Infosys COO UB Pravin Rao said the compensation review for employees ranked job level 5 and below will only roll out from July
The downturn in the Indian infotech industry as a result of market conditions and the US President Donald Trump-led crackdown on immigration looks set to be worsening. Already Indian IT companies Wipro, Tech Mahindra and Cognizant have said they will be sacking people this year.
The latest to join the queue is the second largest Indian infotech company, Infosys Technologies. Infosys announced on Friday that it has deferred salary hikes for employees to July and even later in the case of senior executives.
Normally, Infosys starts paying the hikes from April, but this time, it has been postponed to the next quarter. The firm employs more than two lakh people.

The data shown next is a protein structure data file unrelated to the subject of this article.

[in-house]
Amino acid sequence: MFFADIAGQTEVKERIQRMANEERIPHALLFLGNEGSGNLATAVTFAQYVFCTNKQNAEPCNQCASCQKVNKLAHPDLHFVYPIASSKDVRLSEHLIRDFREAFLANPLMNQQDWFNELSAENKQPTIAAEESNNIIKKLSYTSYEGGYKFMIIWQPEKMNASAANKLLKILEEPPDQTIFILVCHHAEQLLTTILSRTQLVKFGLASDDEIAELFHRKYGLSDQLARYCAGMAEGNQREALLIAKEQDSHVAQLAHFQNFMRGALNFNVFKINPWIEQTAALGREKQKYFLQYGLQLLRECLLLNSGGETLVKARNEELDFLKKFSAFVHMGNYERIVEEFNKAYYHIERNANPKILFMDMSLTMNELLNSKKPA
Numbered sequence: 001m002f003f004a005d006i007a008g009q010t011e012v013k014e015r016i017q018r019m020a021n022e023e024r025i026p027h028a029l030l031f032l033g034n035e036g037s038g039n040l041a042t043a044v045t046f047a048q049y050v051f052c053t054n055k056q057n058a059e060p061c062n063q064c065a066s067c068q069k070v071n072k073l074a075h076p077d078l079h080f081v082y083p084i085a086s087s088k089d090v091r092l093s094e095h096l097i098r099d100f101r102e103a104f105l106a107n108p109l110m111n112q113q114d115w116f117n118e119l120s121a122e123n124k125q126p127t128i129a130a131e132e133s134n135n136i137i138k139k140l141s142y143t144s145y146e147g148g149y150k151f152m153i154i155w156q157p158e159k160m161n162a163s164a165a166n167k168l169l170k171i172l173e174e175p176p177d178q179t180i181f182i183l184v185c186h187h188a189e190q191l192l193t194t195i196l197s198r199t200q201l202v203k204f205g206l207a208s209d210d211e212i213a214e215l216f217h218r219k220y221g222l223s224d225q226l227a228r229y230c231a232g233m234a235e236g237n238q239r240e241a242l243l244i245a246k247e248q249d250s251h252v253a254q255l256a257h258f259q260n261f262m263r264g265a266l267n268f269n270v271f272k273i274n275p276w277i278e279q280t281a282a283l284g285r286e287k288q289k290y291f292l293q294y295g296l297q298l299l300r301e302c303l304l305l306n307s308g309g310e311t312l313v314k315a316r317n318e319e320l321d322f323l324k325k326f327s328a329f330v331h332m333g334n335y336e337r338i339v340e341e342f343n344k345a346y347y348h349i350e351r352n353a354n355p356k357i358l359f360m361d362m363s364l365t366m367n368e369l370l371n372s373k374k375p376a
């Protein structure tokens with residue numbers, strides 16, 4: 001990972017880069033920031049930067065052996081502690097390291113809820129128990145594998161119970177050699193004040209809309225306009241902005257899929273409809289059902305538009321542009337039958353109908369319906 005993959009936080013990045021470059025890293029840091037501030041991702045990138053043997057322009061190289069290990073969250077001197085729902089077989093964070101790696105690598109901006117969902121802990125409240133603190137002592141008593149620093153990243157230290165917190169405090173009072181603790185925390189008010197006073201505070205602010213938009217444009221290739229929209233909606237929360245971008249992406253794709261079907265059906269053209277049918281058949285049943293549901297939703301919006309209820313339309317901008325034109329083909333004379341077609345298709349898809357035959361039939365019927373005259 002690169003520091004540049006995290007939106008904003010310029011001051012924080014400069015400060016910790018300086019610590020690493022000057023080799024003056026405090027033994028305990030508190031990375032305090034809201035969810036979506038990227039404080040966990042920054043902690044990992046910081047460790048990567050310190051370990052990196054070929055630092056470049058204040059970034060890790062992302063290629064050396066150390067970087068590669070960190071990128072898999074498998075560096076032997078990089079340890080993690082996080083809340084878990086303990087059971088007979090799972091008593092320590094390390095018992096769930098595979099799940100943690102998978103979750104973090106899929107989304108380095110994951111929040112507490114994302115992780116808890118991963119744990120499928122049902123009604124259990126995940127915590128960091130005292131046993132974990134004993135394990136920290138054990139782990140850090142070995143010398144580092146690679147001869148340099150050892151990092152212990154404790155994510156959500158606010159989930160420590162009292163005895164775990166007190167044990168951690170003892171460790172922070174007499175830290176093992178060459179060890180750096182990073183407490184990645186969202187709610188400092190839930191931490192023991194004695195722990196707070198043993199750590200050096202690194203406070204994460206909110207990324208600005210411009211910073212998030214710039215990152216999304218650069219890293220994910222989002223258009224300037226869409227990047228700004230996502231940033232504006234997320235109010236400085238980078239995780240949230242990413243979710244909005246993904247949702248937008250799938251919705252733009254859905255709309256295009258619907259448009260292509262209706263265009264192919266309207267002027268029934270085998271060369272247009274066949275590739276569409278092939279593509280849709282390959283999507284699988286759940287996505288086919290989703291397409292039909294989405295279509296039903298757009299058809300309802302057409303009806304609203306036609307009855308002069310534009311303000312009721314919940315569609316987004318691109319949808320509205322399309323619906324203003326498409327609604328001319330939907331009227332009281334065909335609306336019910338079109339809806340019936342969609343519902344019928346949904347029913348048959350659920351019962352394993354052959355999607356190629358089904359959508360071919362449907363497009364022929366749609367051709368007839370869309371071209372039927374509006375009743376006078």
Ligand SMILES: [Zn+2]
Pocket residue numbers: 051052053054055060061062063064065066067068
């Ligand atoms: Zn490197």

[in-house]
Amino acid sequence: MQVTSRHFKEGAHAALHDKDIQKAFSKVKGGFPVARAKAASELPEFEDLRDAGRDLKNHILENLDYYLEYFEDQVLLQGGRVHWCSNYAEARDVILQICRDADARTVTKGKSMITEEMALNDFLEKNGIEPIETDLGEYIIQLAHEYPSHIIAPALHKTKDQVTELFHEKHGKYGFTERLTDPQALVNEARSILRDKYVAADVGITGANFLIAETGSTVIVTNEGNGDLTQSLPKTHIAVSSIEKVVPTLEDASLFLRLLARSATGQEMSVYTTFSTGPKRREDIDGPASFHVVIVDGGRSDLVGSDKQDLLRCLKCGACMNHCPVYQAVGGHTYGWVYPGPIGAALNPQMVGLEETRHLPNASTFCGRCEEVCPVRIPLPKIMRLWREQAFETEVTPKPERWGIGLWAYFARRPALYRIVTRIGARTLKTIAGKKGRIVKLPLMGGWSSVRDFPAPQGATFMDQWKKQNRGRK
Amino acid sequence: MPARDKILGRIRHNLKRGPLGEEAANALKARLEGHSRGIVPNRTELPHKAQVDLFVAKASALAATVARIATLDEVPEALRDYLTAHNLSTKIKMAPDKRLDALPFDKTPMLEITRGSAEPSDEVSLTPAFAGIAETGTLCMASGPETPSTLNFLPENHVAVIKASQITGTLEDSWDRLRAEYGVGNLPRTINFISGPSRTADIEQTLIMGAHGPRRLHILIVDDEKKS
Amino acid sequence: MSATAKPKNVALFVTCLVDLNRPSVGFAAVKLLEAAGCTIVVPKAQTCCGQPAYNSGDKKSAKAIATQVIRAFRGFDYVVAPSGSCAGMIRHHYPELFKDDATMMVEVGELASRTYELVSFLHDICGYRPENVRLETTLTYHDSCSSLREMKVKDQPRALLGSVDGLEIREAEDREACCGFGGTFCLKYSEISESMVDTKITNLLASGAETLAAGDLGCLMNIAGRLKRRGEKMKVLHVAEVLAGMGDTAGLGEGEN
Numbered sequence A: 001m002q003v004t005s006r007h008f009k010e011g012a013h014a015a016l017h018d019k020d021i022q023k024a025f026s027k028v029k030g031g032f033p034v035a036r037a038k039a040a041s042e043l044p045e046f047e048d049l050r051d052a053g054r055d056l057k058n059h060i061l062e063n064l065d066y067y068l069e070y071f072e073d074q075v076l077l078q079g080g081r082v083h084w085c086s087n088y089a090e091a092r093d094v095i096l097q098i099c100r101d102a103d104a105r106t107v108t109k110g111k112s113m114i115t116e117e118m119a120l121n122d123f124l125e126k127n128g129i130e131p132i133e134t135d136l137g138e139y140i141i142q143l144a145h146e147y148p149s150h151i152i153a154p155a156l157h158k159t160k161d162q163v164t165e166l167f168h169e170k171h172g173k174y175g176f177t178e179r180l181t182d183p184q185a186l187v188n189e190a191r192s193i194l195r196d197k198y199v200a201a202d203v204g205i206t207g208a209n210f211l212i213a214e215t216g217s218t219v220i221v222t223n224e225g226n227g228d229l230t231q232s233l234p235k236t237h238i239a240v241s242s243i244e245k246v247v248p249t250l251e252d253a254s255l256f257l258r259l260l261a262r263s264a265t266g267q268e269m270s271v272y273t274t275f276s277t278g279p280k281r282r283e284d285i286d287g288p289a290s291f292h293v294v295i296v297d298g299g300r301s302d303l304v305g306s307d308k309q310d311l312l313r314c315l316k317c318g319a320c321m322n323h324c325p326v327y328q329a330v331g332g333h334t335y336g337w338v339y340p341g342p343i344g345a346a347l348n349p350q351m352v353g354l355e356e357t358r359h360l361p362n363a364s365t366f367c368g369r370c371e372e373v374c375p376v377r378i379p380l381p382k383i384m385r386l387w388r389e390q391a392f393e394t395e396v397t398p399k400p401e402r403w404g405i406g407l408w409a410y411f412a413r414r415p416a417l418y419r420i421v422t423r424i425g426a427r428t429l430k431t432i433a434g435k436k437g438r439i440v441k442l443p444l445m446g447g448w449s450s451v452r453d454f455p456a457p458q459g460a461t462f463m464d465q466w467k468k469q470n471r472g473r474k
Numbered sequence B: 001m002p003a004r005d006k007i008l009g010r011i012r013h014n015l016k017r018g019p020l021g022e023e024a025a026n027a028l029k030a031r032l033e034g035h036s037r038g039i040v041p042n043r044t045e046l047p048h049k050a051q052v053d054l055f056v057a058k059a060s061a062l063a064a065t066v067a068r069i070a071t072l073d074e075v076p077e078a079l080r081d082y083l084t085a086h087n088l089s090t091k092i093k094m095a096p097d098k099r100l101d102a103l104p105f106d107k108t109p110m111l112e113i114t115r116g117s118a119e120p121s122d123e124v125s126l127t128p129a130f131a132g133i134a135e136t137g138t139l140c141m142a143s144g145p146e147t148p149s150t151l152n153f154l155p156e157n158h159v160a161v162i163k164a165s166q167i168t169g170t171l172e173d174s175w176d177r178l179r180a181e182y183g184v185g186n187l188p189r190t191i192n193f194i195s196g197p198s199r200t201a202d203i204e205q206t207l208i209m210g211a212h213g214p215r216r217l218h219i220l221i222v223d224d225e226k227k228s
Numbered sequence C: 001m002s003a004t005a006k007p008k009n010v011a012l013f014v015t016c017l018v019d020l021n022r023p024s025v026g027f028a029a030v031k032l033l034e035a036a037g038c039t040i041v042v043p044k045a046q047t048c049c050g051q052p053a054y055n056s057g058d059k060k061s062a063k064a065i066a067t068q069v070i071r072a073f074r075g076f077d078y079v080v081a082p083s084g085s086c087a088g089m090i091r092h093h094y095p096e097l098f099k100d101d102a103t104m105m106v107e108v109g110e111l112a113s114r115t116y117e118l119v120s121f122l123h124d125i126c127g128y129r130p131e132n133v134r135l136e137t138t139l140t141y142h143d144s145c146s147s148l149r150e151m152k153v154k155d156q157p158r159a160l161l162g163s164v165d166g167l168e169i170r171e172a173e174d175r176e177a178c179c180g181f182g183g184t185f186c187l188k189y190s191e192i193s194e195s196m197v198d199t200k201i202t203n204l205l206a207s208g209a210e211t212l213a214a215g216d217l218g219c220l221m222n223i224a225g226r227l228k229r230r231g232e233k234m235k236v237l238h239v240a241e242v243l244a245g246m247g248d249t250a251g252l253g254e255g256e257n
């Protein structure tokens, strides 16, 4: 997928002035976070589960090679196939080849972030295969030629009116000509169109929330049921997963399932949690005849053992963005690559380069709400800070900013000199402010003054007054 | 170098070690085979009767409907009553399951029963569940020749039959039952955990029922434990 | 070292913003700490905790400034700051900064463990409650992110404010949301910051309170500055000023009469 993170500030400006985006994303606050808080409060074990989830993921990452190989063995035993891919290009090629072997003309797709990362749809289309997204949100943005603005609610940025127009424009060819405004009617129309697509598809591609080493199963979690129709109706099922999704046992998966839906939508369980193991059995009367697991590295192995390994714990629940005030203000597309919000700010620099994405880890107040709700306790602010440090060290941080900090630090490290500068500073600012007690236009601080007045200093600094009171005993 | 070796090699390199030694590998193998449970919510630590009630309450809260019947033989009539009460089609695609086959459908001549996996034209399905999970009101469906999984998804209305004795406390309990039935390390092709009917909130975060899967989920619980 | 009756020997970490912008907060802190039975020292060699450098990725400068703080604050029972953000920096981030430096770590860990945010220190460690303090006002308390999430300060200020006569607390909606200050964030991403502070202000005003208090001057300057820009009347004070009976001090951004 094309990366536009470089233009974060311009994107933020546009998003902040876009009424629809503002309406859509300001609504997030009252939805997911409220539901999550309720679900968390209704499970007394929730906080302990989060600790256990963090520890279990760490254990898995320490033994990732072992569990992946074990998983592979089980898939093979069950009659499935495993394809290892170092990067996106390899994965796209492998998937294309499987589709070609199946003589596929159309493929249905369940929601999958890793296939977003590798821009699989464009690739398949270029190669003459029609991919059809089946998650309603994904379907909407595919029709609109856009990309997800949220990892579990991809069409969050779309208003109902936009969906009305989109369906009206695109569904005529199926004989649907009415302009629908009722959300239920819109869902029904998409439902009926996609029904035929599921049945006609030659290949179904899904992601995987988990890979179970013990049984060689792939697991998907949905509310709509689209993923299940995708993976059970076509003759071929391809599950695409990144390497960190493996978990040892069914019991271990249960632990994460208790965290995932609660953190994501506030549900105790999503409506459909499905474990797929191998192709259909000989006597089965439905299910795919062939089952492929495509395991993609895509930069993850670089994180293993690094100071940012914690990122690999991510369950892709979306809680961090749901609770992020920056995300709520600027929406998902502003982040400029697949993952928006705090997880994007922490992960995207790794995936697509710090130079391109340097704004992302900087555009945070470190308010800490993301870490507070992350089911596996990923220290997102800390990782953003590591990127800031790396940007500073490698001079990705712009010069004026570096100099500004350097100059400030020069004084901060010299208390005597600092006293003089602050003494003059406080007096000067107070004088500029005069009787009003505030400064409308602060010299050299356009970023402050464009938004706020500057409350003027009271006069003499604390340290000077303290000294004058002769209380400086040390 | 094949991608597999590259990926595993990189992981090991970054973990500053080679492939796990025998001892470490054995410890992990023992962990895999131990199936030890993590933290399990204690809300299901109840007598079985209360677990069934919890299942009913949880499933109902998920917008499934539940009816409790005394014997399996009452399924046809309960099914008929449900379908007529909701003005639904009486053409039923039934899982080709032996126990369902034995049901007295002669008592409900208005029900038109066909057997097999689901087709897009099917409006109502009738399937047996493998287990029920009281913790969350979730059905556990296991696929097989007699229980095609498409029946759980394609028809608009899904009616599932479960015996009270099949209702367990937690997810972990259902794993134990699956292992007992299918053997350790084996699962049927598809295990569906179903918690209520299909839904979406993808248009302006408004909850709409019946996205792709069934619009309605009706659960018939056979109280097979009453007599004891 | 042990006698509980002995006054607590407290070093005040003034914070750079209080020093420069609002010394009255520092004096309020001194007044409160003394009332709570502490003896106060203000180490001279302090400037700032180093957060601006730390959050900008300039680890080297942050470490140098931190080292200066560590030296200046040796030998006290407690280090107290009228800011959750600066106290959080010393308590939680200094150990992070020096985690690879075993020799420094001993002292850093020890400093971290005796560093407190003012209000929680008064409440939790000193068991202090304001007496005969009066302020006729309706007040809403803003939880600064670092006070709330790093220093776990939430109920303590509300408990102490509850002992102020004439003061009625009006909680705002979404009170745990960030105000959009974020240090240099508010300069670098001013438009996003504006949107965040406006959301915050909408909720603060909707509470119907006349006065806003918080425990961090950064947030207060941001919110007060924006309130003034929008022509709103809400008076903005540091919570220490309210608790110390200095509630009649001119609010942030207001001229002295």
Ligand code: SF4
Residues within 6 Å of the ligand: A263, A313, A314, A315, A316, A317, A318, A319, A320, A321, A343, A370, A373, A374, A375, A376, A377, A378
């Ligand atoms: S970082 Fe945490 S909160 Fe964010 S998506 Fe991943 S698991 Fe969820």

Infosys Chief Operating Officer UB Pravin Rao said in an email sent to all employees that the compensation review for employees ranked JL5 (job level 5) and below will roll out from July. The hike for other will be effective from the subsequent quarters.
He comforted the employees on the concerns over possible layoffs but warned that there would be “some performance-based exits” in the future.
The IT giant’s action comes in the wake of massive layoffs across the industry. Companies have clarified the action as result of performance issues, but many believe that these are the parts of cost-reduction plans.
Cognizant has come up with a voluntary separation program for directors, associate VPs and senior VPs, offering 6-9 months of salary for them.
Wipro has reportedly asked 600 employees to leave as part of their annual “performance appraisal”, and rumour is that the number may go up to 2000.
Infosys is not the only company which has deferred the salary hike. Tech Mahindra, which has decided to lay off 1000 employees on Thursday, is yet to revise the salaries of employees with more than 6 years of experience.
Indian IT companies have been struggling to get hold of the industry due to rigorous automation process and stricter visa rules in countries like the US, Singapore, Australia and New Zealand.